At the Sign of the Sugared Plum Paperback
by Mary Hooper
'You be going to live in the city, Hannah?' Farmer Price asked, pushing his battered hat up over his forehead. 'Wouldn' t think you'd want to go there Times like this, I would have thought your sister would try and keep you away.' Hannah is oblivious to Farmer Price's dark words, excited as she is about her first ever trip to London to help her sister in her shop 'The Sugared Plum', making sweetmeats for the gentry.
Hannah does not however get the reception she expected from her sister Sarah.
Instead of giving Hannah a hearty welcome, Sarah is horrified that Hannah did not get her message to stay away - the Plague is taking hold of London.
Based on much research, Mary Hooper tellingly conveys how the atmosphere in London changes from a disbelief that the plague is anything serious, to the full-blown horror of the death carts and being locked up - in effect to die - if your house is suspected of infection.
A brilliant new departure from this best-selling author. "Mary Hooper is another writer to watch" The Independent
- Format: Paperback
- Pages: 176 pages
- Publisher: Bloomsbury Publishing PLC
- Publication Date: 04/08/2003
- Category: Historical fiction
- ISBN: 9780747561248
- EPUB from £5.59
Showing 1 - 3 of 3 reviews.
Review by joririchardson
I loved this book. Everything about it is good - but what really made me love it is the engaging way it is written and how realistic it is. Everything the author describes is interesting and vivid, especially the historical setting of 1665 London. Mary Hooper seems to grasp perfectly the art of turning potentially dull scenes in books (the main character working at her sister's shop, walking the streets, and so on) into beautifully written portraits of daily life. The result is a fascinatingly vivid and lifelike book.The plot is excellent as well, about the Black Plague in Europe.A great book! There is a sequel as well, called "Petals in the Ashes."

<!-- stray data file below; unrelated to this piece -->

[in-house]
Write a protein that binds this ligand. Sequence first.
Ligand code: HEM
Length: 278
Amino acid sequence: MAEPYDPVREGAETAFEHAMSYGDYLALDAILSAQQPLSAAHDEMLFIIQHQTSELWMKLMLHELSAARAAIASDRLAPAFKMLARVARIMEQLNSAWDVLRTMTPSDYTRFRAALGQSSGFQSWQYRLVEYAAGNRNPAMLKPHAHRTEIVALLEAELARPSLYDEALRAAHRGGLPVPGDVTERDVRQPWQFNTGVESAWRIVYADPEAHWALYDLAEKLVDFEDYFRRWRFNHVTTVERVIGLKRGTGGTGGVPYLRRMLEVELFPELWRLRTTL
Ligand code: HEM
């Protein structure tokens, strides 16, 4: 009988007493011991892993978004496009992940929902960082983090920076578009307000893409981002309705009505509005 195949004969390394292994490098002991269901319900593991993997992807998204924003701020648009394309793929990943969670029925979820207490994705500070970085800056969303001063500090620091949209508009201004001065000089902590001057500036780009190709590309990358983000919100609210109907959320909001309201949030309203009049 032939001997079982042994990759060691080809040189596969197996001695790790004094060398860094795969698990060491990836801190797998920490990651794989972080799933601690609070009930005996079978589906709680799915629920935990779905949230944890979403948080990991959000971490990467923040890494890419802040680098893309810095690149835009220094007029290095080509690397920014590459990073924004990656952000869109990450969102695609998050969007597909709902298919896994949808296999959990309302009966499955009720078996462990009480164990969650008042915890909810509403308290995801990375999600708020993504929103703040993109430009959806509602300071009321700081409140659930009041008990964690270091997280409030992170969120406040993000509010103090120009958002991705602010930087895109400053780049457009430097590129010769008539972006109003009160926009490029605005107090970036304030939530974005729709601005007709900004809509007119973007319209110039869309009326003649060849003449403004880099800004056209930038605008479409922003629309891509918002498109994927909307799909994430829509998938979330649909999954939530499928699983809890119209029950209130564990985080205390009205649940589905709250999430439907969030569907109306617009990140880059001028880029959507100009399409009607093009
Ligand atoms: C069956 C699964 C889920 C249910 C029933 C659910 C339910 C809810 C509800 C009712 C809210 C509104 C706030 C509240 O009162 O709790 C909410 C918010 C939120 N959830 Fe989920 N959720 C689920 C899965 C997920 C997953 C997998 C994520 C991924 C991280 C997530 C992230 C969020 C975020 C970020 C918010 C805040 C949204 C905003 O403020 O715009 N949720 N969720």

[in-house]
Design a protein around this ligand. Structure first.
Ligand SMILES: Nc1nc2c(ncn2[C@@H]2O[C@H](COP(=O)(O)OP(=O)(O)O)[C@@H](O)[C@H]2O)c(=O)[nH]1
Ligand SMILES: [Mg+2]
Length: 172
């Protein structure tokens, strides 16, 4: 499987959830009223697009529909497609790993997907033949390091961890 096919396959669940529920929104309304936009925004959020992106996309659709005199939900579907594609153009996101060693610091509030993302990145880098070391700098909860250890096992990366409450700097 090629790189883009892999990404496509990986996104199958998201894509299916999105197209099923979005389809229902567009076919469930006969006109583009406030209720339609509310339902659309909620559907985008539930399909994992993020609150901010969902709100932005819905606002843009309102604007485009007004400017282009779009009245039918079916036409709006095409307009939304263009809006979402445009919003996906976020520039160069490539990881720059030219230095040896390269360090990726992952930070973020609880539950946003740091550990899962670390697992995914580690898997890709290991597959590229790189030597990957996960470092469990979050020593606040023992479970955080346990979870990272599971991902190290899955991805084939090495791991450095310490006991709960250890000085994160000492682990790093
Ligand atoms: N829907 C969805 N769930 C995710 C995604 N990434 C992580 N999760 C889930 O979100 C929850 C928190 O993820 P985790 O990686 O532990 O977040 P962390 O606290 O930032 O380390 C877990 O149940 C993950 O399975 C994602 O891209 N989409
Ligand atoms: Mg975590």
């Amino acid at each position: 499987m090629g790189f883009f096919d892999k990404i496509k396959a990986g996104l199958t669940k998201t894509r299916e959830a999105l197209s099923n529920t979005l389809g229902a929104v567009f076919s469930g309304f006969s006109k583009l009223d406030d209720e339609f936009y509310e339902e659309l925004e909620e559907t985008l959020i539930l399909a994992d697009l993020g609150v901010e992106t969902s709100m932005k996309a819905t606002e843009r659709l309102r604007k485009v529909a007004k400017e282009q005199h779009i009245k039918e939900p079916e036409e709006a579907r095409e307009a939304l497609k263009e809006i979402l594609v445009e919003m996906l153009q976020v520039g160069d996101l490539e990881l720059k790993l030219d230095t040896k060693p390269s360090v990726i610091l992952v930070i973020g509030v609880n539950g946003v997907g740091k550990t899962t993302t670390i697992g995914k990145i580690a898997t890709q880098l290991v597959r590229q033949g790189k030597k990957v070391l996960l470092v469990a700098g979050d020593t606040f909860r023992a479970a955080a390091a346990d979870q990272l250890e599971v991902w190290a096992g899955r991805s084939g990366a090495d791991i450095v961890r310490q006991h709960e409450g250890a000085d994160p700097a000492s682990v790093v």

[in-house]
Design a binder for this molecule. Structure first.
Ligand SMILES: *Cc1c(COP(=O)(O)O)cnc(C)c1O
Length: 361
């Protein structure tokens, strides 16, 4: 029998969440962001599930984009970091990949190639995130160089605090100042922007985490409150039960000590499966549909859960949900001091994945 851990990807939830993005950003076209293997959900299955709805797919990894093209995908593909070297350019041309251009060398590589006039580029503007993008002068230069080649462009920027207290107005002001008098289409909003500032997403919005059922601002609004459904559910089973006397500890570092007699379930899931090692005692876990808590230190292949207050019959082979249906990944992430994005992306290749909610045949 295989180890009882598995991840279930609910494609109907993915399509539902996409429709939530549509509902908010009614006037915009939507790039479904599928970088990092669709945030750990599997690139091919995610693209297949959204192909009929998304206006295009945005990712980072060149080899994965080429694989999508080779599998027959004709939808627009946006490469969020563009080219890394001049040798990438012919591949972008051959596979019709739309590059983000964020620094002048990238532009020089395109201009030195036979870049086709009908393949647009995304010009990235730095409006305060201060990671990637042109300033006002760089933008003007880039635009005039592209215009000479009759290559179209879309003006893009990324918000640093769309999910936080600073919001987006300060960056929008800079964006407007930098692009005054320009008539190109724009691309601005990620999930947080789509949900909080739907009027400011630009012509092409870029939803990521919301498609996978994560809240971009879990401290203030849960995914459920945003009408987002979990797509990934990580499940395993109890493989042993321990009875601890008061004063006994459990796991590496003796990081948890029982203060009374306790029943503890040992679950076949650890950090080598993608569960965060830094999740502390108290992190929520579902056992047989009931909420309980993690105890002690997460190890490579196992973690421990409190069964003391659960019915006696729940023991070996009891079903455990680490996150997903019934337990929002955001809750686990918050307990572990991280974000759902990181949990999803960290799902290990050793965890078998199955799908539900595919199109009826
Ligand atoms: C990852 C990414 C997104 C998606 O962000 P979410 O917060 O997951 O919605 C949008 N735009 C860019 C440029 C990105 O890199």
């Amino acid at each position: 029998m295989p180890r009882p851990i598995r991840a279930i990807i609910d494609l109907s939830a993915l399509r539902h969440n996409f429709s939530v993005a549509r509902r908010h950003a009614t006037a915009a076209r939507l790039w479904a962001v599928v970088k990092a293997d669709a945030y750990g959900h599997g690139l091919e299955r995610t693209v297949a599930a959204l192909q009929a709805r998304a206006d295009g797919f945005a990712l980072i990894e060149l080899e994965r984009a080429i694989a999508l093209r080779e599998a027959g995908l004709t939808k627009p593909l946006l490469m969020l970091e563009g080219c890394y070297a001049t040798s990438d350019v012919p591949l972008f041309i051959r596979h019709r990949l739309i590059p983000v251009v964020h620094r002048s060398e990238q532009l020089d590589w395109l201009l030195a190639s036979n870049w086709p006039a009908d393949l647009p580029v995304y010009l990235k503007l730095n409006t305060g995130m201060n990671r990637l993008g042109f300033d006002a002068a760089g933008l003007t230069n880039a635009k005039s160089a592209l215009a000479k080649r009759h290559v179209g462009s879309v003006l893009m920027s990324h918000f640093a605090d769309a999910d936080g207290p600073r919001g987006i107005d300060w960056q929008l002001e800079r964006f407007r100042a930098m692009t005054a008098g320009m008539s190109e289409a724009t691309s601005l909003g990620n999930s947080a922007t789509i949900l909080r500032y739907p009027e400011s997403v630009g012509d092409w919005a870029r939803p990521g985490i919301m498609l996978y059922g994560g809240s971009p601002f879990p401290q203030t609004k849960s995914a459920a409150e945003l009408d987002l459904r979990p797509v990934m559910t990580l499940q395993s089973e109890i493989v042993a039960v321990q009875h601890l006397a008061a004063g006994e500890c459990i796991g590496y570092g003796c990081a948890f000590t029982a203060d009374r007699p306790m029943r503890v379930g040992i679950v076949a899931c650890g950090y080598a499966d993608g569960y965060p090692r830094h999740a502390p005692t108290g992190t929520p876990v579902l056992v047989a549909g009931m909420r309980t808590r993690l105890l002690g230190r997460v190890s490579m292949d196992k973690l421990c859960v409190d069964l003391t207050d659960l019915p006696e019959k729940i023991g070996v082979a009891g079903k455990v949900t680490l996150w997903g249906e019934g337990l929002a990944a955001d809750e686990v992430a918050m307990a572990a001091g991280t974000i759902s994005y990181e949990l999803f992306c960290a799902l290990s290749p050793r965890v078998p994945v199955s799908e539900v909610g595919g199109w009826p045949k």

Review by helenleech
Children's book. Hannah goes to visit her sister Sarah, who runs a sweet shop in London. But this is the 16th century, and the Black Death is also visiting. Hannah recounts what it's like, trapped in the city, as the plague comes closer and closer.
Review by JanaRose1
This is a young adult/middle school book. Hannah travels to London in 1665 to help her sister, Sarah, run a sweetmeats shop. Shortly after arriving she realizes that the bubonic plague has begun to take hold in the poorer areas of the city. Slowly the plague travels throughout all of London, until Hannah and Sarah find nearby houses being shut up and neighbors dying. I found this book to be utterly fascinating. Sarah and Hannah were well developed characters and the plot line moved at a good pace. Overall, I think that teenage girls would appreciate the book more than teenage boys, purely because of the in depth discussion of making sweetmeats and fashion. I highly enjoyed this book and will recommend it to others.